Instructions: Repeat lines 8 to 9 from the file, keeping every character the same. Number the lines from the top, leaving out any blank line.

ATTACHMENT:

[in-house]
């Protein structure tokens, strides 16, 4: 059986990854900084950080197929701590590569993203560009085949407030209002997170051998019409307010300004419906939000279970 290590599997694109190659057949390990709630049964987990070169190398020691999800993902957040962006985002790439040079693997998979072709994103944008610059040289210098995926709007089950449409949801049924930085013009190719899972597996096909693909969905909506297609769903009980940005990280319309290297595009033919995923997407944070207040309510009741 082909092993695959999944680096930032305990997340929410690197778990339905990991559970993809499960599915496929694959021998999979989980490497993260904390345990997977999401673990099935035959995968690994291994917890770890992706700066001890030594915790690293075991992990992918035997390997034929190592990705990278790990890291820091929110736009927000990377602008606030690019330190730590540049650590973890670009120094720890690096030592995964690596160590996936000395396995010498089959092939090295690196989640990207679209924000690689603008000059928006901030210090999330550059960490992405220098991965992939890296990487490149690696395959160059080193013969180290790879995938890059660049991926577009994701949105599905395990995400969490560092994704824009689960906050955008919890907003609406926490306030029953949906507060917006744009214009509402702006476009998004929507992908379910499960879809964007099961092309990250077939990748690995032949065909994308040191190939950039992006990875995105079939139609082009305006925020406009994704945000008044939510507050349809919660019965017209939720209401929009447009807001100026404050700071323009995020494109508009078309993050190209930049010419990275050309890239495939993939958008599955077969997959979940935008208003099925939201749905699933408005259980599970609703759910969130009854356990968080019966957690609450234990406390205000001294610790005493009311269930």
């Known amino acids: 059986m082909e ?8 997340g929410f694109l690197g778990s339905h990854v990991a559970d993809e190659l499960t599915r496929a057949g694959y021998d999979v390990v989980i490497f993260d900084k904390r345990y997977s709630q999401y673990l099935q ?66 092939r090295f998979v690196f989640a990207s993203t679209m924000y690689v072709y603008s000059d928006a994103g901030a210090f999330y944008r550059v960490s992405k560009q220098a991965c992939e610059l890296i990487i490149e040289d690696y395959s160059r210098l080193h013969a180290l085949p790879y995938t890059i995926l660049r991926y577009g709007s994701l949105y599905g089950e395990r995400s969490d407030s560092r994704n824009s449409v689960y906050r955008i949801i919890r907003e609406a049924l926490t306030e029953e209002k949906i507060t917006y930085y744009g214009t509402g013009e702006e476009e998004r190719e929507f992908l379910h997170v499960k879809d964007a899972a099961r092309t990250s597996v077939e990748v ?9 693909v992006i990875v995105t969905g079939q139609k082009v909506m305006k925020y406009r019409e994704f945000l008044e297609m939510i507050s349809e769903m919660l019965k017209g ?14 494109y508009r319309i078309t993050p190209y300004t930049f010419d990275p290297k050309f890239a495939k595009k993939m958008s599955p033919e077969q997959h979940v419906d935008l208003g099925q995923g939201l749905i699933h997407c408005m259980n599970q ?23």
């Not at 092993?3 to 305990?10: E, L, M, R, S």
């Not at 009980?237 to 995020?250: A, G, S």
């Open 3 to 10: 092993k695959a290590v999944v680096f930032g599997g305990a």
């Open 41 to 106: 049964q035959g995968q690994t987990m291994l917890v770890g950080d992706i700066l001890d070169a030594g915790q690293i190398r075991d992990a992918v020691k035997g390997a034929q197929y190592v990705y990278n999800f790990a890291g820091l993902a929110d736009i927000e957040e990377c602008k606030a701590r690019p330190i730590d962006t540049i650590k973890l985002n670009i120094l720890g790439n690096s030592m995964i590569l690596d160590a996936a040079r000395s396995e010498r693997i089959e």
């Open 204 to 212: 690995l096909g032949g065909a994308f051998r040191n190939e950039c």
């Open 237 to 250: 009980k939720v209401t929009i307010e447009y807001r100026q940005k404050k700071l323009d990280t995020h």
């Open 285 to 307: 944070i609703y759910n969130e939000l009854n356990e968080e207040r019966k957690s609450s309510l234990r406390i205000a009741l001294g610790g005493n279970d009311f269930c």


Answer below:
């Open 204 to 212: 690995l096909g032949g065909a994308f051998r040191n190939e950039c």
């Open 237 to 250: 009980k939720v209401t929009i307010e447009y807001r100026q940005k404050k700071l323009d990280t995020h």